This information will not come as a shock to our readers, but I thought that I would go ahead and share the story with you anyway. As you are well aware, turbocharging an internal combustion engine can lead to higher power output by adding additional oxygen into the engine. This has been used to great effect on street and race cars for a long time now. I'm sure you are also aware that raising the compression of an engine also has the effect of raising the engine's power output. One hardship to overcome with turbocharging an engine that already has a high compression is the octane level of the gasoline. As the power output of the engine increases, and additional gasoline and air (fuel) are burned, the heat generated raises as well. In extreme cases, the fuel will ignite before intended, causing what many refer to as knocking. Pretty normal stuff here, I know. Anyway, by using what is known as direct injection, the chances of knocking are reduced. Audi and Volkswagen have been doing this as of late on their gasoline engines. Diesel engines have also been making use of this technology.

Here is where the information gets a bit more interesting. Regular readers may remember some of our past articles related to the performance potential of ethanol. Because ethanol burns cooler than gasoline, the compression of an engine designed to run solely on ethanol can be raised. By combining this characteristic with direct injection and turbocharging, researchers at MIT have been able to vastly increase the power output of small engines. The engines use gasoline through standard fuel injection, with a separate direct injection system for the ethanol. The benefits include saved weight over a comparably powerful, less advanced engine, and possibly lower cost. Check the article out here for more information.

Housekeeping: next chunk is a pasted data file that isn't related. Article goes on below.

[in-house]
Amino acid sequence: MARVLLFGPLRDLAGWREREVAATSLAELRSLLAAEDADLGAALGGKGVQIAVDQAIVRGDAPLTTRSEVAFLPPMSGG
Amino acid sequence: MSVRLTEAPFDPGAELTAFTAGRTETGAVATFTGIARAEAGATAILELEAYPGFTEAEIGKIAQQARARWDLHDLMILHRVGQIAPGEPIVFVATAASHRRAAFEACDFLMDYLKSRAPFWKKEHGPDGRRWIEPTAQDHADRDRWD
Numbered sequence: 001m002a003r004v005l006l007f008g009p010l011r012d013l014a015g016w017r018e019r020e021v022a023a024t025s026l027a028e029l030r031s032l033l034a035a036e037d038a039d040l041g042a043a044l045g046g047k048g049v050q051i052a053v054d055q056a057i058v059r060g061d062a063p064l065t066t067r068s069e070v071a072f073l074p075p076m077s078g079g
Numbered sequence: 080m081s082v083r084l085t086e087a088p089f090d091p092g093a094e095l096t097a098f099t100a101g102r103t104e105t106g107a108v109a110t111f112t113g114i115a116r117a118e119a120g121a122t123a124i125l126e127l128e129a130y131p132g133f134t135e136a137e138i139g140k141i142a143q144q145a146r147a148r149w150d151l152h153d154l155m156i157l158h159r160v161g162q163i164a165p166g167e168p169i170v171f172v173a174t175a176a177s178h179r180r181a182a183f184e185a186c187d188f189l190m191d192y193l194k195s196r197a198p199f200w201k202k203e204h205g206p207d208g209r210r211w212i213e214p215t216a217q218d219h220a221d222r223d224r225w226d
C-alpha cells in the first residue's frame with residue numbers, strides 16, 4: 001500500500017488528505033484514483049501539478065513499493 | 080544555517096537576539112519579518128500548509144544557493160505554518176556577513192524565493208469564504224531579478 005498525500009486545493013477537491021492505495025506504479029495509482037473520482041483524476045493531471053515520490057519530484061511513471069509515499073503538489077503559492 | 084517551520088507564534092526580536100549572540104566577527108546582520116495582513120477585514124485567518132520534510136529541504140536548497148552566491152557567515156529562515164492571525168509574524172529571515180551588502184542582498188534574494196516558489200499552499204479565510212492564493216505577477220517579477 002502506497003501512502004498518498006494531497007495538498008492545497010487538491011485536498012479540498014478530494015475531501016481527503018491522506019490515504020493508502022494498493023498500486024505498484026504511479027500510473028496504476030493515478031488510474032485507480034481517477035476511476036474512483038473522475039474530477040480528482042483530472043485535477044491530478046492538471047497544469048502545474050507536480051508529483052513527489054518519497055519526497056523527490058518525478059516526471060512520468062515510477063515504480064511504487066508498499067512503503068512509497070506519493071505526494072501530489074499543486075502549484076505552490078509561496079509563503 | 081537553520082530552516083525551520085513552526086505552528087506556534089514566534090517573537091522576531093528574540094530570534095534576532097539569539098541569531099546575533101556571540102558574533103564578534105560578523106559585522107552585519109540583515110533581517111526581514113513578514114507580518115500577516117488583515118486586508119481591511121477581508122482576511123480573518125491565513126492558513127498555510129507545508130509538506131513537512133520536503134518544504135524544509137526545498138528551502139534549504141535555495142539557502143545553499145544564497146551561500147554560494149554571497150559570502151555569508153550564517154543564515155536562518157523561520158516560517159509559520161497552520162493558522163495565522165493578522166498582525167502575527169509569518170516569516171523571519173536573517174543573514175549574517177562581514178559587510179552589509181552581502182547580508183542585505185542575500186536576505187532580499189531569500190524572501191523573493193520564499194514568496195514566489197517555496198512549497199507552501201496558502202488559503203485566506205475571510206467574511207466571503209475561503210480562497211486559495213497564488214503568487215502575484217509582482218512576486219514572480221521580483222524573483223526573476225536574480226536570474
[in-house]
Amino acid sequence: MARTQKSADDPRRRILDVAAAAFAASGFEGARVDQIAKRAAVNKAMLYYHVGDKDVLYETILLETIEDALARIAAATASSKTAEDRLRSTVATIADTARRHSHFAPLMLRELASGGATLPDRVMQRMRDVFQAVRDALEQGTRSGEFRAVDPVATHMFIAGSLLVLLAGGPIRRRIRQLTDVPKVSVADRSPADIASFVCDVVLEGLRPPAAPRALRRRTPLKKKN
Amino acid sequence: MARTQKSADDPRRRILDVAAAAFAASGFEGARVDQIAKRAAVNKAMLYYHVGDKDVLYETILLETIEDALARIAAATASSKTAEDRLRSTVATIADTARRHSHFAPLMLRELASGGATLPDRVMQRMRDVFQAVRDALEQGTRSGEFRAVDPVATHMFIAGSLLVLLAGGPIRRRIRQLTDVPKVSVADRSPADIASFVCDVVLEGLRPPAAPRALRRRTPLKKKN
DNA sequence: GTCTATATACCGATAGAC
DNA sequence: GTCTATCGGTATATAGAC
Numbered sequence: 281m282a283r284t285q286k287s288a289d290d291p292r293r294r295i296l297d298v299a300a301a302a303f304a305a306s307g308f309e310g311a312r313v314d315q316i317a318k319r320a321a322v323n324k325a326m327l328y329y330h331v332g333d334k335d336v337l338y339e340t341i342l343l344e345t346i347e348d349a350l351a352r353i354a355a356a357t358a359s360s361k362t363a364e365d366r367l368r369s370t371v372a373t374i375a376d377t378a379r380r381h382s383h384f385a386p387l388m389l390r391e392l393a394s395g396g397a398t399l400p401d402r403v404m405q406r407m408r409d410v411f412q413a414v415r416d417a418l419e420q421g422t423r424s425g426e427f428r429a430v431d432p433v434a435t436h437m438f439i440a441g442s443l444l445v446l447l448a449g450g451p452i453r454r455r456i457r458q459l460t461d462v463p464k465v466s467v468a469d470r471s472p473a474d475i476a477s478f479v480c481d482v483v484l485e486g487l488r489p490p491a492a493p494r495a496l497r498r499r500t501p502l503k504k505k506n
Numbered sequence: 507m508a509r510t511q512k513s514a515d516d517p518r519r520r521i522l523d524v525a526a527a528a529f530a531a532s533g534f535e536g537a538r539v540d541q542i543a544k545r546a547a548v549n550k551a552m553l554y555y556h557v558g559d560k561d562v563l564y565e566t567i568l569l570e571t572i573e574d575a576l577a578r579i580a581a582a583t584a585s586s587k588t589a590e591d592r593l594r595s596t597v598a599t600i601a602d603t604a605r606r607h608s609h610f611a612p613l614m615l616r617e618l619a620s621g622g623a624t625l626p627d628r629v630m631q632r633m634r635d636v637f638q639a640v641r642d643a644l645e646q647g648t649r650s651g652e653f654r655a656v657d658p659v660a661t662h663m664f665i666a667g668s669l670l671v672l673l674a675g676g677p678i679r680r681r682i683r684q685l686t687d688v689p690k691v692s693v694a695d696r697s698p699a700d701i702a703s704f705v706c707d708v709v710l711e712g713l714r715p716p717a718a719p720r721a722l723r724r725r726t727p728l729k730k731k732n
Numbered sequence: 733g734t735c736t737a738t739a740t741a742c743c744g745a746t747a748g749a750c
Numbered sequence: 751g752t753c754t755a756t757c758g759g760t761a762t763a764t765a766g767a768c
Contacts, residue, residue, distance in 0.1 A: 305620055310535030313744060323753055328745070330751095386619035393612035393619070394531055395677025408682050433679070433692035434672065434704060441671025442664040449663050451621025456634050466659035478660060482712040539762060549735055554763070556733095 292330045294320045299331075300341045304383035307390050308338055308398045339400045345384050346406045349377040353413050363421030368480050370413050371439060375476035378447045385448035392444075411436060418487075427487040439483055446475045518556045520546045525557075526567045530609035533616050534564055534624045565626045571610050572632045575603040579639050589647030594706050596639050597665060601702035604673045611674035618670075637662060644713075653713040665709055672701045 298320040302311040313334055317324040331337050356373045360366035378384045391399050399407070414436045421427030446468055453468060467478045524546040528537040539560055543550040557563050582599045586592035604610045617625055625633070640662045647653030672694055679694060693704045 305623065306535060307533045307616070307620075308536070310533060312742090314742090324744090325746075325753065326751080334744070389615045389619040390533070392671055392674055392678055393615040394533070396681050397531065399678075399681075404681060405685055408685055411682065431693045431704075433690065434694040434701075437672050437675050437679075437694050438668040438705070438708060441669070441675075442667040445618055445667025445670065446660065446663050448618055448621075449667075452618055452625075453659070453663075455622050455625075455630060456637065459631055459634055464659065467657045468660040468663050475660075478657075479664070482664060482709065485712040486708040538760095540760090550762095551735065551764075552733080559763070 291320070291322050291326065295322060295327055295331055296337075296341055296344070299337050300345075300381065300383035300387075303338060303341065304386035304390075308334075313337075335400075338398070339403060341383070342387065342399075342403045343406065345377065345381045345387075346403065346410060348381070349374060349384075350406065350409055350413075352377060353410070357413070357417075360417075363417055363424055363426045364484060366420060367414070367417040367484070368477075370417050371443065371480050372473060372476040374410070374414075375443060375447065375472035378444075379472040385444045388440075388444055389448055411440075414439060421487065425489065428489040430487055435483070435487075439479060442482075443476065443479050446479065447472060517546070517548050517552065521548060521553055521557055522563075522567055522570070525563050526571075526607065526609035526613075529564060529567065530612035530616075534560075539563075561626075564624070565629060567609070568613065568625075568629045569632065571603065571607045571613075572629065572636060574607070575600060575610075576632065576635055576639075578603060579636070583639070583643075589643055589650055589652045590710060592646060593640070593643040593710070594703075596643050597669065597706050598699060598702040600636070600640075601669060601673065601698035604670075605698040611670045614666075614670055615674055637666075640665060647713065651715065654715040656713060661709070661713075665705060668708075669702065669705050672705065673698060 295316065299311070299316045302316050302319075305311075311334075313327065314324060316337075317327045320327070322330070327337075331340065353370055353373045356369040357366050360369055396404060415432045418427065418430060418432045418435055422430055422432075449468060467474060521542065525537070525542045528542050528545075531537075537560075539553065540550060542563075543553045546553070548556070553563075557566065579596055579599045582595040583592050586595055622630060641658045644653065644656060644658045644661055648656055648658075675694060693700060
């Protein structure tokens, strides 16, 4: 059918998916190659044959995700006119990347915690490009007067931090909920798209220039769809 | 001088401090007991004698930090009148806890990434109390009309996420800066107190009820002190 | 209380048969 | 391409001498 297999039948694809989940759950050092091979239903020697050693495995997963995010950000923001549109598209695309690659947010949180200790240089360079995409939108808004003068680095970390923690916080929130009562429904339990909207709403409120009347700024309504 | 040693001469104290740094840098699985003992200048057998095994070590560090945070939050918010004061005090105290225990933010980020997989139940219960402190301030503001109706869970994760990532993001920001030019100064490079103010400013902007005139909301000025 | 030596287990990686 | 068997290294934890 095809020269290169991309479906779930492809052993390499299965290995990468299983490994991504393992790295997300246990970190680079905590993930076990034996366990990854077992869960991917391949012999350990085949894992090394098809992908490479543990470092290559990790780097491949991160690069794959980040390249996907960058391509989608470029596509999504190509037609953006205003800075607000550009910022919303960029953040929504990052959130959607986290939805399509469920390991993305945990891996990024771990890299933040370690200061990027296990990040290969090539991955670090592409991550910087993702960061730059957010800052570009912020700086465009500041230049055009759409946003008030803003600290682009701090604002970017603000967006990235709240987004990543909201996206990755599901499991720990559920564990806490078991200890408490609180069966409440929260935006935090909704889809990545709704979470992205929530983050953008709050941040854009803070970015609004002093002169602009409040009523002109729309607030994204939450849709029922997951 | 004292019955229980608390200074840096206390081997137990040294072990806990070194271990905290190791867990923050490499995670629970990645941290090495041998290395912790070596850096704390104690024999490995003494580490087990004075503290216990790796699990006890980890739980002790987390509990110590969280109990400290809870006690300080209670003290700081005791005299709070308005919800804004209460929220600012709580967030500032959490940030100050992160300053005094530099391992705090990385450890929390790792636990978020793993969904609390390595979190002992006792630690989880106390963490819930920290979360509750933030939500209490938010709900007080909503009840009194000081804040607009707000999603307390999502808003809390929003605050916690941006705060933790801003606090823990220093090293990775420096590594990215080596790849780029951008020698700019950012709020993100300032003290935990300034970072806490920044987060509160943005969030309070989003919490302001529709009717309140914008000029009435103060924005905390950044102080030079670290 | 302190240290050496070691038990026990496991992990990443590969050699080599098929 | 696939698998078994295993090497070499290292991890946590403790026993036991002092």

Overall, the concepts introduced in this article are not new. Combining them into a single working engine may be, however. I can't specifically recall the use of direct ethanol injection into an engine running on normal gasoline. If you are aware of anything similar, why not let us know about it in the comments?

[Source: Technology Review via Edmunds Inside Line]



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